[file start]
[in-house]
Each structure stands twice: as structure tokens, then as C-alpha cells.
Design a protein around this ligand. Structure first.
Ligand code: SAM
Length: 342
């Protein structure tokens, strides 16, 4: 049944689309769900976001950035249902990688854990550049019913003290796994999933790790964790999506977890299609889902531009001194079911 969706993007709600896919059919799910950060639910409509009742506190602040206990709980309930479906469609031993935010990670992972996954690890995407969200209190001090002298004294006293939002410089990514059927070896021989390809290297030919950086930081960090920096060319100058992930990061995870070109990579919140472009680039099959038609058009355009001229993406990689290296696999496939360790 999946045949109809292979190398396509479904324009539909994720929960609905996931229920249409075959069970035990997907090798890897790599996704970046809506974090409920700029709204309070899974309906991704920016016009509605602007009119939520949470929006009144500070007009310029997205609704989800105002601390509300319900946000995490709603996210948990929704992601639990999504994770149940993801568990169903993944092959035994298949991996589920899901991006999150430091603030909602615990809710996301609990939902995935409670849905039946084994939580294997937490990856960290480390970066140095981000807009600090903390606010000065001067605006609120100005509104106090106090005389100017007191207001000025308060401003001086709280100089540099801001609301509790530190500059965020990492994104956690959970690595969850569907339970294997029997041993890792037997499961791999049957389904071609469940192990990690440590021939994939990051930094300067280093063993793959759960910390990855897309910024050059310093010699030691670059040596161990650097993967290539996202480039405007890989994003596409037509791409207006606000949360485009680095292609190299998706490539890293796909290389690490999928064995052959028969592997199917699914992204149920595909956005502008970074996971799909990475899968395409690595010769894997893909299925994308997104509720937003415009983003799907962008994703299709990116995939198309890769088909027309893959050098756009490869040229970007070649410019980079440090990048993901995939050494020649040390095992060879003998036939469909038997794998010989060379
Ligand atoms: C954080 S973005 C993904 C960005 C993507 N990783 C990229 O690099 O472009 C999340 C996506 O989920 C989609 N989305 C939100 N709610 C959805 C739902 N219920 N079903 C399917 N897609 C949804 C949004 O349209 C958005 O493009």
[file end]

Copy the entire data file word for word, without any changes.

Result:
[in-house]
Each structure stands twice: as structure tokens, then as C-alpha cells.
Design a protein around this ligand. Structure first.
Ligand code: SAM
Length: 342
């Protein structure tokens, strides 16, 4: 049944689309769900976001950035249902990688854990550049019913003290796994999933790790964790999506977890299609889902531009001194079911 969706993007709600896919059919799910950060639910409509009742506190602040206990709980309930479906469609031993935010990670992972996954690890995407969200209190001090002298004294006293939002410089990514059927070896021989390809290297030919950086930081960090920096060319100058992930990061995870070109990579919140472009680039099959038609058009355009001229993406990689290296696999496939360790 999946045949109809292979190398396509479904324009539909994720929960609905996931229920249409075959069970035990997907090798890897790599996704970046809506974090409920700029709204309070899974309906991704920016016009509605602007009119939520949470929006009144500070007009310029997205609704989800105002601390509300319900946000995490709603996210948990929704992601639990999504994770149940993801568990169903993944092959035994298949991996589920899901991006999150430091603030909602615990809710996301609990939902995935409670849905039946084994939580294997937490990856960290480390970066140095981000807009600090903390606010000065001067605006609120100005509104106090106090005389100017007191207001000025308060401003001086709280100089540099801001609301509790530190500059965020990492994104956690959970690595969850569907339970294997029997041993890792037997499961791999049957389904071609469940192990990690440590021939994939990051930094300067280093063993793959759960910390990855897309910024050059310093010699030691670059040596161990650097993967290539996202480039405007890989994003596409037509791409207006606000949360485009680095292609190299998706490539890293796909290389690490999928064995052959028969592997199917699914992204149920595909956005502008970074996971799909990475899968395409690595010769894997893909299925994308997104509720937003415009983003799907962008994703299709990116995939198309890769088909027309893959050098756009490869040229970007070649410019980079440090990048993901995939050494020649040390095992060879003998036939469909038997794998010989060379
Ligand atoms: C954080 S973005 C993904 C960005 C993507 N990783 C990229 O690099 O472009 C999340 C996506 O989920 C989609 N989305 C939100 N709610 C959805 C739902 N219920 N079903 C399917 N897609 C949804 C949004 O349209 C958005 O493009």